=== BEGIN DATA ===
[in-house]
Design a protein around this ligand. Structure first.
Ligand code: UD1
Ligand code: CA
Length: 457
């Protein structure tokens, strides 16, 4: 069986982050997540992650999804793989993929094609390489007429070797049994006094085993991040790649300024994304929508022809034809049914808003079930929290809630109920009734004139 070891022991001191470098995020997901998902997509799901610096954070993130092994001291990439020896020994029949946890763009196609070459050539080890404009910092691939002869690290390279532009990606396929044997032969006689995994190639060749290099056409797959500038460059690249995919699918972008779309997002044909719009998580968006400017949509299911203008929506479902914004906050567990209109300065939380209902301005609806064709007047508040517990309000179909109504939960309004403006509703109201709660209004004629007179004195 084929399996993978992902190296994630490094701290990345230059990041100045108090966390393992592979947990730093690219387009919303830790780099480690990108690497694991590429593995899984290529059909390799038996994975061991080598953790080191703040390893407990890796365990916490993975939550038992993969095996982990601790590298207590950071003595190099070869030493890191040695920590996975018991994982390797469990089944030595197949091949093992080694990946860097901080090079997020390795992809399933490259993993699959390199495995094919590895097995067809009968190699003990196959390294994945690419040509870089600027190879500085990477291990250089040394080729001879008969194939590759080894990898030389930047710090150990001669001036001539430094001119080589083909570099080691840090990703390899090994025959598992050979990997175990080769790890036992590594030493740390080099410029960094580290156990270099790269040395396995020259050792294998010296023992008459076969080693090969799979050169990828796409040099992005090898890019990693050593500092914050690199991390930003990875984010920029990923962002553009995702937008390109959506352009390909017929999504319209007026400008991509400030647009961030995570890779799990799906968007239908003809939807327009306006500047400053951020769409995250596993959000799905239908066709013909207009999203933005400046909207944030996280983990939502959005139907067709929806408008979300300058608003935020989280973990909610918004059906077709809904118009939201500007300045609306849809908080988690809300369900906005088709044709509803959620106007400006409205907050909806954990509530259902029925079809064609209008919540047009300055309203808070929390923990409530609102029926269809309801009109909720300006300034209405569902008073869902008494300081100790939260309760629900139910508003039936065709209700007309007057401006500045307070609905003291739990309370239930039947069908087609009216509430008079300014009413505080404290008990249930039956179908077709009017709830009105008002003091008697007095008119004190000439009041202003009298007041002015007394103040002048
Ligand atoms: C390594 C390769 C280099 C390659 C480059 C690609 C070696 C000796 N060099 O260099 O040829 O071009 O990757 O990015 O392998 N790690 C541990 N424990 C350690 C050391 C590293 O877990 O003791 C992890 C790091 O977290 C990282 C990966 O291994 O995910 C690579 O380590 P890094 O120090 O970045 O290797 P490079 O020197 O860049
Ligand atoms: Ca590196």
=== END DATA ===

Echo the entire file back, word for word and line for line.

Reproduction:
[in-house]
Design a protein around this ligand. Structure first.
Ligand code: UD1
Ligand code: CA
Length: 457
């Protein structure tokens, strides 16, 4: 069986982050997540992650999804793989993929094609390489007429070797049994006094085993991040790649300024994304929508022809034809049914808003079930929290809630109920009734004139 070891022991001191470098995020997901998902997509799901610096954070993130092994001291990439020896020994029949946890763009196609070459050539080890404009910092691939002869690290390279532009990606396929044997032969006689995994190639060749290099056409797959500038460059690249995919699918972008779309997002044909719009998580968006400017949509299911203008929506479902914004906050567990209109300065939380209902301005609806064709007047508040517990309000179909109504939960309004403006509703109201709660209004004629007179004195 084929399996993978992902190296994630490094701290990345230059990041100045108090966390393992592979947990730093690219387009919303830790780099480690990108690497694991590429593995899984290529059909390799038996994975061991080598953790080191703040390893407990890796365990916490993975939550038992993969095996982990601790590298207590950071003595190099070869030493890191040695920590996975018991994982390797469990089944030595197949091949093992080694990946860097901080090079997020390795992809399933490259993993699959390199495995094919590895097995067809009968190699003990196959390294994945690419040509870089600027190879500085990477291990250089040394080729001879008969194939590759080894990898030389930047710090150990001669001036001539430094001119080589083909570099080691840090990703390899090994025959598992050979990997175990080769790890036992590594030493740390080099410029960094580290156990270099790269040395396995020259050792294998010296023992008459076969080693090969799979050169990828796409040099992005090898890019990693050593500092914050690199991390930003990875984010920029990923962002553009995702937008390109959506352009390909017929999504319209007026400008991509400030647009961030995570890779799990799906968007239908003809939807327009306006500047400053951020769409995250596993959000799905239908066709013909207009999203933005400046909207944030996280983990939502959005139907067709929806408008979300300058608003935020989280973990909610918004059906077709809904118009939201500007300045609306849809908080988690809300369900906005088709044709509803959620106007400006409205907050909806954990509530259902029925079809064609209008919540047009300055309203808070929390923990409530609102029926269809309801009109909720300006300034209405569902008073869902008494300081100790939260309760629900139910508003039936065709209700007309007057401006500045307070609905003291739990309370239930039947069908087609009216509430008079300014009413505080404290008990249930039956179908077709009017709830009105008002003091008697007095008119004190000439009041202003009298007041002015007394103040002048
Ligand atoms: C390594 C390769 C280099 C390659 C480059 C690609 C070696 C000796 N060099 O260099 O040829 O071009 O990757 O990015 O392998 N790690 C541990 N424990 C350690 C050391 C590293 O877990 O003791 C992890 C790091 O977290 C990282 C990966 O291994 O995910 C690579 O380590 P890094 O120090 O970045 O290797 P490079 O020197 O860049
Ligand atoms: Ca590196």